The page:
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21,349 crime reports were made to Action Fraud about fake PayPal emails. Victims reported losing a total of £7,891,077.44 during this time

21349 crime reports were made to action fraud about fake paypal emails victims reported losing a total of 789107744 during this time
21349 crime reports were made to action fraud about fake paypal emails victims reported losing a total of 789107744 during this time

Action Fraud is warning people selling items online to be on the lookout for criminals sending fake PayPal emails. Between January 2020 and September 2020, 21,349 crime reports were made to Action Fraud about fake PayPal emails. Victims reported losing a total of £7,891,077.44 during this time.

Those targeted included people selling jewellery, furniture and electronics via online marketplaces. Criminals have been targeting people selling items online, by sending them emails purporting to be from PayPal. The emails trick victims into believing they have received payment for the items they are selling on the platform.

Typically, after receiving these emails, victims will then send the item to the criminal. This leaves them at a further disadvantage having not received any payment for the item and also no longer being in possession of it.

What you need to do?

Sellers beware: If you are selling items on an online marketplace, be aware of the warning signs that your buyer is a scammer. Scammers may have negative feedback history, or may have recently set up a new account to avoid getting poor feedback. Don’t be persuaded into sending anything until you can verify you have received the payment.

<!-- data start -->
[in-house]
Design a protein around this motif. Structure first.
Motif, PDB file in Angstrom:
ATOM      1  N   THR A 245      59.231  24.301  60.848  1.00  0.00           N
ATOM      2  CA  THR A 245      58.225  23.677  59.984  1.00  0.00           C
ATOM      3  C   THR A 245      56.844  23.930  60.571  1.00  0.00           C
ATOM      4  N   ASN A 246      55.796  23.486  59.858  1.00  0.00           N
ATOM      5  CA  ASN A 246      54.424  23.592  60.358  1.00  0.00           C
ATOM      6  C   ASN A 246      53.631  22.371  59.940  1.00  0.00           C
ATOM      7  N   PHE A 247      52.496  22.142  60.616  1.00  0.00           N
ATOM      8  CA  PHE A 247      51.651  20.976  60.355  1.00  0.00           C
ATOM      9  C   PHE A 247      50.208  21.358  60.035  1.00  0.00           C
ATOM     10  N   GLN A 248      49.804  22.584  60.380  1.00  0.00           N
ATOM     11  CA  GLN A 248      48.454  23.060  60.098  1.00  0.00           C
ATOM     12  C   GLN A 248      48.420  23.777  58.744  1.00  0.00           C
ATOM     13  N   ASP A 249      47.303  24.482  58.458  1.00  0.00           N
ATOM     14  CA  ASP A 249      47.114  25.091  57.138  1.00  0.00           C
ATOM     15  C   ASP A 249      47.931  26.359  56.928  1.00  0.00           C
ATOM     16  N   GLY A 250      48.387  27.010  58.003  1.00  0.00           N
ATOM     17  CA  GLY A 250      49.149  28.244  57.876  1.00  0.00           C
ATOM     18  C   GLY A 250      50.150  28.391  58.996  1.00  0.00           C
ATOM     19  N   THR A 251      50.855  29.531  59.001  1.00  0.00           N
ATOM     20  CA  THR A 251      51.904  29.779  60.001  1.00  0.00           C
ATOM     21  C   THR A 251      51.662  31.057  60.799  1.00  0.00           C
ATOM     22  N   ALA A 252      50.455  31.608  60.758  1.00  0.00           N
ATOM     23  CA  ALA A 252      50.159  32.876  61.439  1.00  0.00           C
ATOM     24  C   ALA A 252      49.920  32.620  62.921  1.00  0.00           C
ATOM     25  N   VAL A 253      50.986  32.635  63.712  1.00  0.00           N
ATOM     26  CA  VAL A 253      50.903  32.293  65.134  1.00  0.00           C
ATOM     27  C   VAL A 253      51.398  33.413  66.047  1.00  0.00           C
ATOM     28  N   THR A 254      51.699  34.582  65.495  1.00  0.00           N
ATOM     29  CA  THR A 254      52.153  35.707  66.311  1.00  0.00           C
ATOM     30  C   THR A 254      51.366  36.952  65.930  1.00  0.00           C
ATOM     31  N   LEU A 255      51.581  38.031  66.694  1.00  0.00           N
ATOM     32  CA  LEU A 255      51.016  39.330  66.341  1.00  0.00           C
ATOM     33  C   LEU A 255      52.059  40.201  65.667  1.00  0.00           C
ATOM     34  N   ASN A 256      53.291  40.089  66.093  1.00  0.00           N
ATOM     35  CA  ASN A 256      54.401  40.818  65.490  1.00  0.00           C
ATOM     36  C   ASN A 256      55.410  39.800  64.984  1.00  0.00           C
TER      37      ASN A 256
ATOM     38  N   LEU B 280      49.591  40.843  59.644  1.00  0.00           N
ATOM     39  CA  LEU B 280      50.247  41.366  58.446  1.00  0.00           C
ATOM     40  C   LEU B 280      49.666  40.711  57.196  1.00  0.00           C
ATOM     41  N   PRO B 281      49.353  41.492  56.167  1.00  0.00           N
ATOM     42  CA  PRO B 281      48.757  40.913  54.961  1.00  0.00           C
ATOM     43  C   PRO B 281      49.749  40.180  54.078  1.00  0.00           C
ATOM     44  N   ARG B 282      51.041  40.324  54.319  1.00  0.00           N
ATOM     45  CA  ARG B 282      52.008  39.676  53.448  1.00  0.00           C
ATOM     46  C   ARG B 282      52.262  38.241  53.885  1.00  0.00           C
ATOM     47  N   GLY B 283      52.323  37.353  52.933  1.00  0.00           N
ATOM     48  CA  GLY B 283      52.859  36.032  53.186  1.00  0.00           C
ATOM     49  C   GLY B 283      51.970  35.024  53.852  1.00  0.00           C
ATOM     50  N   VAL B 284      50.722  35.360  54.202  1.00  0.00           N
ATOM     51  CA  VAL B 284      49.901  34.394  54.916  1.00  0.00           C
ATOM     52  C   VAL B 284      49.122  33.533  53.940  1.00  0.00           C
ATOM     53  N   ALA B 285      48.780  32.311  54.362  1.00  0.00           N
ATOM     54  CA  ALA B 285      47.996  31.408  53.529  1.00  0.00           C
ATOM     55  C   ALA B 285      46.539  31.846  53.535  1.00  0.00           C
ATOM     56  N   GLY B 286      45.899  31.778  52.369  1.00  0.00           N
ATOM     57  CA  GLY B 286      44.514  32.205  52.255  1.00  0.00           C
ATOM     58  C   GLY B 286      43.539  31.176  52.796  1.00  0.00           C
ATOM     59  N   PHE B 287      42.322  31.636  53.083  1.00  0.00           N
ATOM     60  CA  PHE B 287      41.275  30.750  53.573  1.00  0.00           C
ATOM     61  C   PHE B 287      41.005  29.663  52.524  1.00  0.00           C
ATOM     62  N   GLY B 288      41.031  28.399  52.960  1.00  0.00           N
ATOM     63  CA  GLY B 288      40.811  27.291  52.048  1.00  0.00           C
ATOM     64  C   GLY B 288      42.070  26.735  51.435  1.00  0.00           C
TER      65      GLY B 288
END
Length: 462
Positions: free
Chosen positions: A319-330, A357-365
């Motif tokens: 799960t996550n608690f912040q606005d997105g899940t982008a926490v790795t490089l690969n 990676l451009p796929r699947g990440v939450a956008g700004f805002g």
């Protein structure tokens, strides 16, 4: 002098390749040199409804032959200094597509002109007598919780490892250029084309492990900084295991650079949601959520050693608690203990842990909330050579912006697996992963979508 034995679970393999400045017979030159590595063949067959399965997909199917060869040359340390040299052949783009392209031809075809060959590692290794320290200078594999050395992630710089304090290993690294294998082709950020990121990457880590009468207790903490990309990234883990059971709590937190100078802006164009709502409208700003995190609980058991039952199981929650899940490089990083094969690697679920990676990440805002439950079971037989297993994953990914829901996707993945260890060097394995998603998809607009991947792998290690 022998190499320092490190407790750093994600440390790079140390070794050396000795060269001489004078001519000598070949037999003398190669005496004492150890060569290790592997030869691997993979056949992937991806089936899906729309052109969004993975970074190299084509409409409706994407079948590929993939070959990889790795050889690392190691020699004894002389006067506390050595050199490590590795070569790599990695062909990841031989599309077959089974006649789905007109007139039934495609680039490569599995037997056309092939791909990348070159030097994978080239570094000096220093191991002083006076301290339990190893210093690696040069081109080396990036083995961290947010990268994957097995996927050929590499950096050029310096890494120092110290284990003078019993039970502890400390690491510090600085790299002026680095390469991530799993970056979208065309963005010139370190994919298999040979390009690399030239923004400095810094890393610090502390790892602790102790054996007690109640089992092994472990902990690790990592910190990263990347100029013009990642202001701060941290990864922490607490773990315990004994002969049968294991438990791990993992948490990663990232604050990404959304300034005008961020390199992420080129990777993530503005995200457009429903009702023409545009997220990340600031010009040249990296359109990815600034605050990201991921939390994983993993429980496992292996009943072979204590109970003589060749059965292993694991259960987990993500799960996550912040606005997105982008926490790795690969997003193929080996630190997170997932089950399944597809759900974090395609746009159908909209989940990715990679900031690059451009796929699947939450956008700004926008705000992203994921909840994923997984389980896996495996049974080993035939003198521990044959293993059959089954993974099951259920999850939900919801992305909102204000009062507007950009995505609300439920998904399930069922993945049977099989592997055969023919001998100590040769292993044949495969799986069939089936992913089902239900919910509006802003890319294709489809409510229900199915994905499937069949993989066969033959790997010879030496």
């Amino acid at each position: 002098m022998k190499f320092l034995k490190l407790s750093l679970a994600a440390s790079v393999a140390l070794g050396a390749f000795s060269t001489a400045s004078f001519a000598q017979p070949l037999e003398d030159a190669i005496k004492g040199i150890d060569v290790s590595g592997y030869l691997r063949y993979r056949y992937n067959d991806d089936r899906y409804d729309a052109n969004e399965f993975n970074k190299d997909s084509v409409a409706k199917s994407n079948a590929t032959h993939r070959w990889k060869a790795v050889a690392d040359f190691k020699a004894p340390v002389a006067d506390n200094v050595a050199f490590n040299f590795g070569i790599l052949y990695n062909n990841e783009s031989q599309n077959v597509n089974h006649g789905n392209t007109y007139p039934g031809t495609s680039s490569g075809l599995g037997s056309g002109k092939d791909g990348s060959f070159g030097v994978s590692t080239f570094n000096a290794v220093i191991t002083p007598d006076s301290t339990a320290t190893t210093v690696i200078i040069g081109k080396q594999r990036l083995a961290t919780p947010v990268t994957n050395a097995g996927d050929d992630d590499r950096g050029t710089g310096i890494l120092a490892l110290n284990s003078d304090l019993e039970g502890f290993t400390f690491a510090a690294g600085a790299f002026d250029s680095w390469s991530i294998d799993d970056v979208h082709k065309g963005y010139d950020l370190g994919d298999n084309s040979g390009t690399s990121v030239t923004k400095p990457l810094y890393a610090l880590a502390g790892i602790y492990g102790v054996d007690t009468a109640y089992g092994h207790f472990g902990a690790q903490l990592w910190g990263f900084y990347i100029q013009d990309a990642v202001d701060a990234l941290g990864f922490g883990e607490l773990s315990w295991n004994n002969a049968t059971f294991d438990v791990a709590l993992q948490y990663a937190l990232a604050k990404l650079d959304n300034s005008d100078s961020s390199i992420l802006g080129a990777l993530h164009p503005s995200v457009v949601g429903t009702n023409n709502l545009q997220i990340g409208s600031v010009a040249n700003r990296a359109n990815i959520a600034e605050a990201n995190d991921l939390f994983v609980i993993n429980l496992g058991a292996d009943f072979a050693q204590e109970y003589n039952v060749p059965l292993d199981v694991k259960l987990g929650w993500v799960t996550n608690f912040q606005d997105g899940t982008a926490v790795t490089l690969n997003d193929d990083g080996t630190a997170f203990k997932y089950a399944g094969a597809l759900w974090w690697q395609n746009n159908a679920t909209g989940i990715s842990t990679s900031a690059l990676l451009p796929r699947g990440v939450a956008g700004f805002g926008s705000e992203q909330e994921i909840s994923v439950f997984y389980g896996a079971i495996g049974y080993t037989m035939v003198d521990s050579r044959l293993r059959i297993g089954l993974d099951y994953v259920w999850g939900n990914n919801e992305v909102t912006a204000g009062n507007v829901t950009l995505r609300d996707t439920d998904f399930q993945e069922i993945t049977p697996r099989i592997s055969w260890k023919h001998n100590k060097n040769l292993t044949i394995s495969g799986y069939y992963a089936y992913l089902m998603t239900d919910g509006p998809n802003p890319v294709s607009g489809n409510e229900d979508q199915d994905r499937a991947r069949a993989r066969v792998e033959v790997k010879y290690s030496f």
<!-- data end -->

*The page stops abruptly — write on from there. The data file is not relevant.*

Scam messages: Don’t click on the links or attachments in suspicious emails, and never respond to messages that ask for your personal or financial details.

PayPal offer the following advice:

Log into PayPal: If you receive a suspicious email, don’t act on the message or click on any links. Instead, open your browser, log into PayPal and check for any new activity. PayPal will also email or notify you in the app if you’ve received any payments.

Check the basics: Look out for misspellings and grammatical errors, which can be a tell-tale sign of a scam.

Verify an email’s authenticity: Phishing scams will often mimic the look and feel of PayPal emails, and ask you for sensitive information – something that real PayPal emails will never do.

How to spot the difference: A PayPal email will address you by your first and last name, or your business name, and we will never ask you for your full password, bank account, or credit card details in a message.

Avoid following links: If you receive an email you think is suspicious, do not click on any links or download any attachments. You can check where a link is going before you click on it by hovering over it – does it look legitimate?

Keep tabs on your information: Limit the number of places where you store your payment information online by using a secure digital wallet like PayPal. If you are making a purchase online, consider using a protected payment method such as PayPal, so if your purchase doesn’t arrive or match the product description, PayPal can reimburse you.

Easiest of all, use common sense: If a deal seems too good to be true, it probably is! Stay clear of exceptional deals or anything that is significantly reduced in price from what you would expect to pay.

If you think you have been a victim of fraud, report it to Action Fraud online at actionfraud.police.uk or by calling 0300 123 2040.